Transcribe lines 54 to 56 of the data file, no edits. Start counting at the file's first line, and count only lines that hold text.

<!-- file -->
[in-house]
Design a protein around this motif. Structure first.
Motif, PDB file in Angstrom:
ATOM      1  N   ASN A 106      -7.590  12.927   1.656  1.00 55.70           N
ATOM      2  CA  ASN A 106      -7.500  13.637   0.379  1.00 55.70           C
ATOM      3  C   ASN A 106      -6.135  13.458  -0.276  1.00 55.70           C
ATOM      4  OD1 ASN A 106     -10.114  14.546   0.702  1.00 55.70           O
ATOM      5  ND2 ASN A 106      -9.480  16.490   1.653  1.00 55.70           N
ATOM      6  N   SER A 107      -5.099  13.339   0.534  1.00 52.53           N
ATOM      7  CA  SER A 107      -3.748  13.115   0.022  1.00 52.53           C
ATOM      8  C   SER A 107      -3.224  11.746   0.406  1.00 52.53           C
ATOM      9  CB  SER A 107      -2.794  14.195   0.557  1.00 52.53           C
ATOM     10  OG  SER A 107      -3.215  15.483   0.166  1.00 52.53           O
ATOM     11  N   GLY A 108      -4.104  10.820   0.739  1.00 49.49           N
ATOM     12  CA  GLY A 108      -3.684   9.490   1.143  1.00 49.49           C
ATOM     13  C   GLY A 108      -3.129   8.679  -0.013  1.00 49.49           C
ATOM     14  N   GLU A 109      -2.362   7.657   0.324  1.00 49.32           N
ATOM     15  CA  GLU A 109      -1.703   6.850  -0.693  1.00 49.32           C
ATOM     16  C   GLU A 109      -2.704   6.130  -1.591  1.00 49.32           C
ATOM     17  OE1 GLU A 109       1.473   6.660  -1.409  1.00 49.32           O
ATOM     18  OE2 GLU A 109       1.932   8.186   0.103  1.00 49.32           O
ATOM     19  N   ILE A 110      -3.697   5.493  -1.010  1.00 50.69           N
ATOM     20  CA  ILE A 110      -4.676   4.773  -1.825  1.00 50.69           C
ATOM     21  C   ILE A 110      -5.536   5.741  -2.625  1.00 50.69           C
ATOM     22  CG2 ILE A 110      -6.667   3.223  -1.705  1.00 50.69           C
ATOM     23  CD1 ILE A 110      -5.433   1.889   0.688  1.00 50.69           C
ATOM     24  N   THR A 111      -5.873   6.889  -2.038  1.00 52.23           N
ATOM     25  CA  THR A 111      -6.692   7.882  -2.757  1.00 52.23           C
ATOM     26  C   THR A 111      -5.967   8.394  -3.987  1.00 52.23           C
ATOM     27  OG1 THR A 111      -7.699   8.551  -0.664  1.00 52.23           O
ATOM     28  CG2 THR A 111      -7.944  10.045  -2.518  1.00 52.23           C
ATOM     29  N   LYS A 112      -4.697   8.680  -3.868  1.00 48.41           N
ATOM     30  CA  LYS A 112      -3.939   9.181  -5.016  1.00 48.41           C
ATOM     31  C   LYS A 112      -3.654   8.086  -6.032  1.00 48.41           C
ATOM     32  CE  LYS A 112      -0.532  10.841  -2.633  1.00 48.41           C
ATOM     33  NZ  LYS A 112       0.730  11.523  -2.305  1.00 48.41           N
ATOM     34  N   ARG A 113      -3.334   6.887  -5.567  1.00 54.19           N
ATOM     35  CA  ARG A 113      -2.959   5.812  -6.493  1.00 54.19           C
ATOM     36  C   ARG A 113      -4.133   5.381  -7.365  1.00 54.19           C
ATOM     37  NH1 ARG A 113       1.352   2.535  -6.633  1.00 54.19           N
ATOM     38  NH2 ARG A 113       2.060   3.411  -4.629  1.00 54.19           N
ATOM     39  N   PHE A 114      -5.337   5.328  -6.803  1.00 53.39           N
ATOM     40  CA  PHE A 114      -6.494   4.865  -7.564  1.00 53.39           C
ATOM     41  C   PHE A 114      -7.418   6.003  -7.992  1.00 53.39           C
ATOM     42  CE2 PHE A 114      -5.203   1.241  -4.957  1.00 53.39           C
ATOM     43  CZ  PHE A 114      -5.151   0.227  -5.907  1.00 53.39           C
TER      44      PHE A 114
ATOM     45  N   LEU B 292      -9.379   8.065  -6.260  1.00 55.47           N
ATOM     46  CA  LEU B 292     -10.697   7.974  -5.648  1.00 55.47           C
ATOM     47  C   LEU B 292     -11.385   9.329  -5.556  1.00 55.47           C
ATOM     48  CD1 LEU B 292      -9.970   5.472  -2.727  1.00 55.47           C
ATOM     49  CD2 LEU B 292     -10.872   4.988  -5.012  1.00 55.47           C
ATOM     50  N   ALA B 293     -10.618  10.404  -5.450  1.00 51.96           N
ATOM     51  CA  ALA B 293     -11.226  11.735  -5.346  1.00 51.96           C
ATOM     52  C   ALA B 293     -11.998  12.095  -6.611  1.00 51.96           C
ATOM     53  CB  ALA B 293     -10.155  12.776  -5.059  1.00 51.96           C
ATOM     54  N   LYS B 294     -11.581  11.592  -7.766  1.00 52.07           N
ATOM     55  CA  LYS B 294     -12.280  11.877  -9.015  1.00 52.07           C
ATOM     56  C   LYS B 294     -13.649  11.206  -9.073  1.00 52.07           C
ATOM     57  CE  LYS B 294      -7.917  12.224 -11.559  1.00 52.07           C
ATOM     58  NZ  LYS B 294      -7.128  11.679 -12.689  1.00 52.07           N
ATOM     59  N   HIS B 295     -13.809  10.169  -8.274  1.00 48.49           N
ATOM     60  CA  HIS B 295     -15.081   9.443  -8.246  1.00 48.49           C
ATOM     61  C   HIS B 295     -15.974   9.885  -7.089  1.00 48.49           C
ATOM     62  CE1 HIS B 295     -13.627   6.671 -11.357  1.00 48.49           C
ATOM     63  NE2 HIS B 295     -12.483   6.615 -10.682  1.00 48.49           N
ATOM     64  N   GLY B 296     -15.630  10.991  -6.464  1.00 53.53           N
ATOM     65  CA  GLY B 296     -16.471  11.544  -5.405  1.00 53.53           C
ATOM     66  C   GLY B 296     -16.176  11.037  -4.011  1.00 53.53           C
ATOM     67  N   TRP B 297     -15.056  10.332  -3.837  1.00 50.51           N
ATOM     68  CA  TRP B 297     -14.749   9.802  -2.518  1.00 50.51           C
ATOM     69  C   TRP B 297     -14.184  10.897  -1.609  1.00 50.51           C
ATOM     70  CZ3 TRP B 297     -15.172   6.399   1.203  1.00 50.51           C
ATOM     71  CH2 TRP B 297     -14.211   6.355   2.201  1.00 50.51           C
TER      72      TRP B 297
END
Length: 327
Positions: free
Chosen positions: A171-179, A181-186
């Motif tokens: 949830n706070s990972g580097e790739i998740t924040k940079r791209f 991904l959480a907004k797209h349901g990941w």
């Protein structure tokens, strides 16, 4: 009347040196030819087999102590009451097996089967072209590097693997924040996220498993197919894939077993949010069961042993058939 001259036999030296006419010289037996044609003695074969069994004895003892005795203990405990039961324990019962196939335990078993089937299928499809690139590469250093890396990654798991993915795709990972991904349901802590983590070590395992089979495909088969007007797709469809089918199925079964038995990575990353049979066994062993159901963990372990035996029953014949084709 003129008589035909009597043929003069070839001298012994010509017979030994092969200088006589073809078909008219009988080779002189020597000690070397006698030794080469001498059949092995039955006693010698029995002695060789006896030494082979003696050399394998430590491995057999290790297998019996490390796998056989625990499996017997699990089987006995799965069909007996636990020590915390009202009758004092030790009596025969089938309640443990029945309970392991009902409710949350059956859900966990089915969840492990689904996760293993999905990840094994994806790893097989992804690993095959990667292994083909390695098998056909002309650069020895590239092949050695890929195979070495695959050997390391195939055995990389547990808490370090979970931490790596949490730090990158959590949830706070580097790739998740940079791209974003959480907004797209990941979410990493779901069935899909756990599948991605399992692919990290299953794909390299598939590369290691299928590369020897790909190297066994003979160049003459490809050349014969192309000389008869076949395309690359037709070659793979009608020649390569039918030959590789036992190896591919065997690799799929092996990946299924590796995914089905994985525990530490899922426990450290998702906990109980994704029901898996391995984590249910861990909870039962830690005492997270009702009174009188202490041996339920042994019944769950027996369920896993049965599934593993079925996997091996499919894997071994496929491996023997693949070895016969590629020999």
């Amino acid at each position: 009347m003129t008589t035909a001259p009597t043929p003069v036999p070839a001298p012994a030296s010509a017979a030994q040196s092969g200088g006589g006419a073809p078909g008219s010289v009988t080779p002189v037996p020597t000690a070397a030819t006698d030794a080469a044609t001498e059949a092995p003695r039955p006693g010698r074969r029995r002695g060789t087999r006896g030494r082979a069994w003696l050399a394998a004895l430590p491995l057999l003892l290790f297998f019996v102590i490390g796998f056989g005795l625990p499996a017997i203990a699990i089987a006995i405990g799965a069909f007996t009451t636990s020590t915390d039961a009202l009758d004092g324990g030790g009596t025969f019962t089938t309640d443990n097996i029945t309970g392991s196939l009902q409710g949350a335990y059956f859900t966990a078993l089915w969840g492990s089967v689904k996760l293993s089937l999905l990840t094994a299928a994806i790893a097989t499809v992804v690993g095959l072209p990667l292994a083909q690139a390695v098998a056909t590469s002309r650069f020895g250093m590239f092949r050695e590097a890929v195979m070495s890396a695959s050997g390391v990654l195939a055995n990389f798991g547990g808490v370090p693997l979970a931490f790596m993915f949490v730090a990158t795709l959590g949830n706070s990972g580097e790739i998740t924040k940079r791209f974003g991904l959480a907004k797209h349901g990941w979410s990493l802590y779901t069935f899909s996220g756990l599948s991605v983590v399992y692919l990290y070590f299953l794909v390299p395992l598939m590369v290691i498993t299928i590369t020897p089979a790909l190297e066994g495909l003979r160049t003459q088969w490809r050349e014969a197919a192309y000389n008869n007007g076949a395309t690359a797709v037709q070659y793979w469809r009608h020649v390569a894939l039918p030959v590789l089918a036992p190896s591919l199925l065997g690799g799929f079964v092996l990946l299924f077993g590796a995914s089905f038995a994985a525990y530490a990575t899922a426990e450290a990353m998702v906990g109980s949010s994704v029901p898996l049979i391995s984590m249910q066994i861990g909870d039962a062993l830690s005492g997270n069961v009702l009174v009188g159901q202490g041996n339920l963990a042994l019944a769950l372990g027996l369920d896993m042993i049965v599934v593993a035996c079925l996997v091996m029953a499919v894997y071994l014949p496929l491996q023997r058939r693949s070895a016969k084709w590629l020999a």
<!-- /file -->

ATOM     51  CA  ALA B 293     -11.226  11.735  -5.346  1.00 51.96           C
ATOM     52  C   ALA B 293     -11.998  12.095  -6.611  1.00 51.96           C
ATOM     53  CB  ALA B 293     -10.155  12.776  -5.059  1.00 51.96           C